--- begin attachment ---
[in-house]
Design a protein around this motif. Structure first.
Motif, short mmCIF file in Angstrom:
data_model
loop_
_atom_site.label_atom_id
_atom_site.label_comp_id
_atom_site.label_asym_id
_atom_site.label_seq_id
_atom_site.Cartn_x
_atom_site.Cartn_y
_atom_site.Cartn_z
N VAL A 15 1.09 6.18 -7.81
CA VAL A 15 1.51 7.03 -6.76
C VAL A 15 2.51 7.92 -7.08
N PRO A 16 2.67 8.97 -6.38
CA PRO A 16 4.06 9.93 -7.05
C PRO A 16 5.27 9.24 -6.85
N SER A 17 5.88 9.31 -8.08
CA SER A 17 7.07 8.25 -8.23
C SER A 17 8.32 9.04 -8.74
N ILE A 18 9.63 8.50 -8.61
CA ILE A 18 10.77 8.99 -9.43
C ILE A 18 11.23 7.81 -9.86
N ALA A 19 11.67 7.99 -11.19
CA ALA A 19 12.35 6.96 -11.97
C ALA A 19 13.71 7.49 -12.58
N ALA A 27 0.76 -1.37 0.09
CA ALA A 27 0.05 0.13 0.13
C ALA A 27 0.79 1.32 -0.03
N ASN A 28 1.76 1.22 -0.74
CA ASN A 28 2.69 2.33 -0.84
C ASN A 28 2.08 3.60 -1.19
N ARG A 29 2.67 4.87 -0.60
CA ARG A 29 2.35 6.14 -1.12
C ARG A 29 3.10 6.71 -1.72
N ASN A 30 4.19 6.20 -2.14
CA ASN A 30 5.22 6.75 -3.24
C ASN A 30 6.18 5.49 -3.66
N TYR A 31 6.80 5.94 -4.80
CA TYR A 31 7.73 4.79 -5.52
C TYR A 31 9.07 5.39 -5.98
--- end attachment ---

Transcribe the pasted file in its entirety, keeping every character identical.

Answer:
[in-house]
Design a protein around this motif. Structure first.
Motif, short mmCIF file in Angstrom:
data_model
loop_
_atom_site.label_atom_id
_atom_site.label_comp_id
_atom_site.label_asym_id
_atom_site.label_seq_id
_atom_site.Cartn_x
_atom_site.Cartn_y
_atom_site.Cartn_z
N VAL A 15 1.09 6.18 -7.81
CA VAL A 15 1.51 7.03 -6.76
C VAL A 15 2.51 7.92 -7.08
N PRO A 16 2.67 8.97 -6.38
CA PRO A 16 4.06 9.93 -7.05
C PRO A 16 5.27 9.24 -6.85
N SER A 17 5.88 9.31 -8.08
CA SER A 17 7.07 8.25 -8.23
C SER A 17 8.32 9.04 -8.74
N ILE A 18 9.63 8.50 -8.61
CA ILE A 18 10.77 8.99 -9.43
C ILE A 18 11.23 7.81 -9.86
N ALA A 19 11.67 7.99 -11.19
CA ALA A 19 12.35 6.96 -11.97
C ALA A 19 13.71 7.49 -12.58
N ALA A 27 0.76 -1.37 0.09
CA ALA A 27 0.05 0.13 0.13
C ALA A 27 0.79 1.32 -0.03
N ASN A 28 1.76 1.22 -0.74
CA ASN A 28 2.69 2.33 -0.84
C ASN A 28 2.08 3.60 -1.19
N ARG A 29 2.67 4.87 -0.60
CA ARG A 29 2.35 6.14 -1.12
C ARG A 29 3.10 6.71 -1.72
N ASN A 30 4.19 6.20 -2.14
CA ASN A 30 5.22 6.75 -3.24
C ASN A 30 6.18 5.49 -3.66
N TYR A 31 6.80 5.94 -4.80
CA TYR A 31 7.73 4.79 -5.52
C TYR A 31 9.07 5.39 -5.98